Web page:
Press Release - Leadership Conference on Civil Rights
Another Connerly Ballot Initiative Scuttled
Amid Fraud Allegations & Growing Public Awareness, Connerly Struggles to Gain Support for Anti-Equal Opportunity Proposals
For Immediate Release
Contact: Shin Inouye, 202.869.0398, email@example.com
May 5, 2008
Ward Connerly's attempt to scuttle Missouri's equal opportunity programs fell short late yesterday, when he failed to submit signatures needed to qualify his initiative for the state's November ballot – marking it the second time this year that one of his initiatives have failed.
"People are catching on to Connerly's shell game," said Leadership Conference on Civil Rights President Wade Henderson. "His initiatives are written to make people think they're supporting affirmative action, while cynically doing away with it. This is the beginning of his end."
Connerly announced last summer that he was taking his anti-equal opportunity campaign into five states: Missouri, Oklahoma, Colorado, Arizona and Nebraska.
But, as voters learn the true meaning of his ballot language and the tactics he uses to secure petition signatures, his initiatives are increasingly failing to gain traction.
- Connerly missed yesterday's signature collection deadline to get his initiative on the Missouri ballot. It has been reported that his team struggled to gather enough signatures and the necessary statewide support to qualify his amendment for the state's ballot. Grassroots support for the initiative in Missouri was so weak that he resorted to flying in out-of-state members of hate groups such as the Minutemen to assist with signature collection.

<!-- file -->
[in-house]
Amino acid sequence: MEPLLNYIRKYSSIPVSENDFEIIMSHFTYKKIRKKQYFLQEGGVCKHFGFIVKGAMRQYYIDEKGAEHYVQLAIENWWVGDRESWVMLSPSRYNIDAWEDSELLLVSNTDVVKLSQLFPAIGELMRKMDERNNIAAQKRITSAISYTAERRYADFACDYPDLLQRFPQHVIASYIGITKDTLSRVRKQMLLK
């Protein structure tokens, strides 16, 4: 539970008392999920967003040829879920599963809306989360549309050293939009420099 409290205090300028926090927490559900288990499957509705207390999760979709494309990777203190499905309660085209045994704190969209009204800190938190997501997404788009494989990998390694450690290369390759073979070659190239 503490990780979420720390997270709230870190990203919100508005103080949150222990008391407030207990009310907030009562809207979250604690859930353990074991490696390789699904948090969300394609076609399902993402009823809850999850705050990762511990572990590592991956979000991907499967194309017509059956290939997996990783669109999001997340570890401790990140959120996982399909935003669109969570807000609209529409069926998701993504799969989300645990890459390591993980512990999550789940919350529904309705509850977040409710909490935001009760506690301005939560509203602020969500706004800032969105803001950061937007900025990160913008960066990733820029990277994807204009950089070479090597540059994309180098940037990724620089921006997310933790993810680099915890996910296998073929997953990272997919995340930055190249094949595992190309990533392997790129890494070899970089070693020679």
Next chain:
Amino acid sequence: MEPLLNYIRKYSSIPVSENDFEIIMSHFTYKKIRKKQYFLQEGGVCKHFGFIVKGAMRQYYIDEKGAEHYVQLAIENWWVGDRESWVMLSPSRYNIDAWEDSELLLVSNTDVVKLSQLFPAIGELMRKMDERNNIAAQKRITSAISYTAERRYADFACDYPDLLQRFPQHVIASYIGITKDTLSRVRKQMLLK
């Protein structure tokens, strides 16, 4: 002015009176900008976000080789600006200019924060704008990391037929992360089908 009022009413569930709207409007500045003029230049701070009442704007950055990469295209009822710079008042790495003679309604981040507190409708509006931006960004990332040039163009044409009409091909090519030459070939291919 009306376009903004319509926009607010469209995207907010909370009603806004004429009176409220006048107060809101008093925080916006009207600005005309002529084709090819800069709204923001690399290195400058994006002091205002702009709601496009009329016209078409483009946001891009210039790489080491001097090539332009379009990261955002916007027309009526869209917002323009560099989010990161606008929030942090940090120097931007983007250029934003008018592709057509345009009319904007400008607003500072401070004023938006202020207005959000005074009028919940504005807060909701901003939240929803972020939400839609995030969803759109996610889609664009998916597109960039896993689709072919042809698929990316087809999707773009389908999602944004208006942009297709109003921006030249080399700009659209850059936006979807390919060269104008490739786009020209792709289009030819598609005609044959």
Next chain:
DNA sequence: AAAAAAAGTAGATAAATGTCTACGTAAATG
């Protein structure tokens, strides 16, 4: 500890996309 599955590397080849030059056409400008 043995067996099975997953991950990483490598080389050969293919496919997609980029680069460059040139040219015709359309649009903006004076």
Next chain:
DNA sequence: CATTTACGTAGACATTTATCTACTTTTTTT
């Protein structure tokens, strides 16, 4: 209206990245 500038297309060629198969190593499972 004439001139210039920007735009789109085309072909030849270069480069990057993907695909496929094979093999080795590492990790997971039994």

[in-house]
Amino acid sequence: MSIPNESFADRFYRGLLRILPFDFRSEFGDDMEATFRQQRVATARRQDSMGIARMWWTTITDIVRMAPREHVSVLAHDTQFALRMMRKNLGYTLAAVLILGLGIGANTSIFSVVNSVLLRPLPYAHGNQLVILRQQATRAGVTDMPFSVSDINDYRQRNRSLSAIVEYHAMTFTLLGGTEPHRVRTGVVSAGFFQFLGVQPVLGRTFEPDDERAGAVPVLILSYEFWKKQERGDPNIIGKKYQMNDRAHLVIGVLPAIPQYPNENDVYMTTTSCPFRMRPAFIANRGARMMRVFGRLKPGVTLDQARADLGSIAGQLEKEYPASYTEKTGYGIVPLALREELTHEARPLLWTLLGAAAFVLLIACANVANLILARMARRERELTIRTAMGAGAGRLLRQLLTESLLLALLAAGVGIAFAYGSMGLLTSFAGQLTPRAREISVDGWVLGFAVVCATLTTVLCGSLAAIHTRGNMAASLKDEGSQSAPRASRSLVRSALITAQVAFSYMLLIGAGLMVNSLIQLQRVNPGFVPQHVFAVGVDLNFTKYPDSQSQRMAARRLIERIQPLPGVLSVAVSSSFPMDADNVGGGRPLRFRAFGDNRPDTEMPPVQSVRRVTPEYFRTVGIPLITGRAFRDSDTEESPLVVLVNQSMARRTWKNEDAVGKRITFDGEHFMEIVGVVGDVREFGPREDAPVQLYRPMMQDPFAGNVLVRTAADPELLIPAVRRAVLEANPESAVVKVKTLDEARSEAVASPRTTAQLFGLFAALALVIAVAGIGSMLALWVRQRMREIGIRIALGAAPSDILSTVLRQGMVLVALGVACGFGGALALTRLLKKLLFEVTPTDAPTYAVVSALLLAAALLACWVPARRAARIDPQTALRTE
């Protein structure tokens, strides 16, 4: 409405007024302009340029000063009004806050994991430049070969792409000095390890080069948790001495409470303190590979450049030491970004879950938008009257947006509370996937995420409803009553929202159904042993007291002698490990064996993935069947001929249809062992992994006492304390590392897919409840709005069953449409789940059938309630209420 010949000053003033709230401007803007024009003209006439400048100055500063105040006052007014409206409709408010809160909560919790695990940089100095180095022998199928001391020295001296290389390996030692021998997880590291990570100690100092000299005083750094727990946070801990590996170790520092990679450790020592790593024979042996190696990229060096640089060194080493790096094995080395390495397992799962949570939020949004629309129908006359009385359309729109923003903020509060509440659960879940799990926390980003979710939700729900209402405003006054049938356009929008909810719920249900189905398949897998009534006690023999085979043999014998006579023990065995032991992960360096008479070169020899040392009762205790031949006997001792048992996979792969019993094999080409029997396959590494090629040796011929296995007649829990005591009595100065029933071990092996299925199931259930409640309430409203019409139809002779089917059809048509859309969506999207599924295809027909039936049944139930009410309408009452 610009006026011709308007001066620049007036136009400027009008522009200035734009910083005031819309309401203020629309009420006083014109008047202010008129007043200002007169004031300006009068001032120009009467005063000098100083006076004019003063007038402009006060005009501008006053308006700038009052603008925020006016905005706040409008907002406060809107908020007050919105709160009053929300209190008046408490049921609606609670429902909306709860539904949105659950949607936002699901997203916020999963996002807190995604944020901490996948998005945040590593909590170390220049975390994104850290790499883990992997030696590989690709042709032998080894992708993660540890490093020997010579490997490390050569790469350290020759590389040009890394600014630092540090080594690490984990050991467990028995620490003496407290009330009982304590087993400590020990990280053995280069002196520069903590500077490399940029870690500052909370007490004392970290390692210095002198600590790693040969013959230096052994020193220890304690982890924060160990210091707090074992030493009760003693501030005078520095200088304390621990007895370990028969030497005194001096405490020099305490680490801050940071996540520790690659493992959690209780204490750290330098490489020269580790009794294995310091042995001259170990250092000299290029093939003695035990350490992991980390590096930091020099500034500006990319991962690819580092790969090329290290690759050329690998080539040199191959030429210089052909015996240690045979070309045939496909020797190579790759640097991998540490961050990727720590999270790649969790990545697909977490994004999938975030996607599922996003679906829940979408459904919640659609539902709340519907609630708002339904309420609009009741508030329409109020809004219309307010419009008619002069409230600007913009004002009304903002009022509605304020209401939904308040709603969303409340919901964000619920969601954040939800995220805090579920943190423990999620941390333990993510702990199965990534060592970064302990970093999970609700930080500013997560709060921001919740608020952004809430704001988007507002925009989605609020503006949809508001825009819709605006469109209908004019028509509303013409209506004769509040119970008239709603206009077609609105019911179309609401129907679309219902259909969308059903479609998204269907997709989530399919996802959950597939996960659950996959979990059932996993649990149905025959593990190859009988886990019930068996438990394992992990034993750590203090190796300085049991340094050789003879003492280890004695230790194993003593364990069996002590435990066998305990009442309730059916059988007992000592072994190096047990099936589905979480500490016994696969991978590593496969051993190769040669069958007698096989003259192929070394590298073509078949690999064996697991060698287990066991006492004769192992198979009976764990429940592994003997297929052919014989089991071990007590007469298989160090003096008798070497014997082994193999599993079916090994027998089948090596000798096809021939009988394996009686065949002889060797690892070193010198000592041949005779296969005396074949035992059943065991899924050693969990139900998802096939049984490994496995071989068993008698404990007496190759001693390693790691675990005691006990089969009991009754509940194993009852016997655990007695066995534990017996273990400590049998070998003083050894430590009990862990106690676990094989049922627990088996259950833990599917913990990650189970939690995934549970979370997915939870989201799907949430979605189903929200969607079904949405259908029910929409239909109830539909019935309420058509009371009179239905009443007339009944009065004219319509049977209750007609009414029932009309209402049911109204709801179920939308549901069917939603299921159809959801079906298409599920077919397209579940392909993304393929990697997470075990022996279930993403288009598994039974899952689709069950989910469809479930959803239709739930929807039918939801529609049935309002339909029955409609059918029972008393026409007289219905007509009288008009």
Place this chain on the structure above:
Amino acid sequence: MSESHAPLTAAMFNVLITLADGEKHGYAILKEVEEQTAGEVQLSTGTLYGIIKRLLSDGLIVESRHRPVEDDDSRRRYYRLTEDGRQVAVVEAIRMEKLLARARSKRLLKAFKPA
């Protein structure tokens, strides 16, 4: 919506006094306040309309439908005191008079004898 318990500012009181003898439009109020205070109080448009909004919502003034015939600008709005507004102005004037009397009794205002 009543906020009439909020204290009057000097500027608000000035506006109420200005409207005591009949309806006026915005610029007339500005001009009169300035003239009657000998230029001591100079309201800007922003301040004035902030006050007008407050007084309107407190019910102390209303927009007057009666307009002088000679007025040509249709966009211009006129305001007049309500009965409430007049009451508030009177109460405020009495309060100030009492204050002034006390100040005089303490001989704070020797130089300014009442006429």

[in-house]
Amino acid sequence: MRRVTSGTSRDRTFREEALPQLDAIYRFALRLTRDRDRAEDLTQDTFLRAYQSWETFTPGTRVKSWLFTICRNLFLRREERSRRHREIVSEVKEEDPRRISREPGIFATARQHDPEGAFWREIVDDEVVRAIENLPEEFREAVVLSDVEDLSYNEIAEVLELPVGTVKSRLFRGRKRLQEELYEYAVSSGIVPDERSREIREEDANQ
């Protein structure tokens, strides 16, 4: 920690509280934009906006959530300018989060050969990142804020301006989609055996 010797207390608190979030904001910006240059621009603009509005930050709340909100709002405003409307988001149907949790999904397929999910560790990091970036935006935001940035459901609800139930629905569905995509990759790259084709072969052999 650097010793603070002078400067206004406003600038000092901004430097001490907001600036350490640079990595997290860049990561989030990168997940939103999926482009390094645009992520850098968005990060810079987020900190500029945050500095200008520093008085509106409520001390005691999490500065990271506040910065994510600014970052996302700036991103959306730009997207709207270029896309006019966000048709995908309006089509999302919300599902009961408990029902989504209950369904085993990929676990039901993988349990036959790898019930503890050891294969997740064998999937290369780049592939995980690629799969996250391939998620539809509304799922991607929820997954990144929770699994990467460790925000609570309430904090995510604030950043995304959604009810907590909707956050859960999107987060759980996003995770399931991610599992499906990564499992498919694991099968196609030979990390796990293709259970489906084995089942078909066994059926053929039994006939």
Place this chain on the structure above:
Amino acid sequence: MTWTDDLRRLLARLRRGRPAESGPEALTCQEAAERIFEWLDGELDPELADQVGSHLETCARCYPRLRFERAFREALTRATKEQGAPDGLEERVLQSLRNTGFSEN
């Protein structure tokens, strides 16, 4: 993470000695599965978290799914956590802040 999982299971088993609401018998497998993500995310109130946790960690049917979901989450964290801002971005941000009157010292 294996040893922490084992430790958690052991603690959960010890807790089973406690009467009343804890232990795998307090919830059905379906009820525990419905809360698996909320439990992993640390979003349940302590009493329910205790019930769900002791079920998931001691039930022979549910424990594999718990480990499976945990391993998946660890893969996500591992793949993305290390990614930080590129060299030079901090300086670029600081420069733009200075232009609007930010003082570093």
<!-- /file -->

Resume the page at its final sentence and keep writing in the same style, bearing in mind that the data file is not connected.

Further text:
- Connerly filed to withdraw his anti-affirmative initiative in Oklahoma last month when, again, the measure failed to garner the requisite number of valid signatures to qualify.
- In Colorado, Connerly faces allegations of fraud in his attempts to get his initiative on the ballot in that state. In that state, a challenge has been filed questioning the validity of nearly 70,000 signatures.
- In Arizona, Connerly's campaign is reportedly having difficulty even finding recruits to circulate his petitions.
"Connerly is playing with fire," said Henderson. "Word is spreading about the dangerous impact his initiatives are having in California, Washington, and Michigan. People see him for the millionaire carpetbagger that he is. He doesn't have a state's interest at heart and he'll be met with organized opposition now wherever he goes."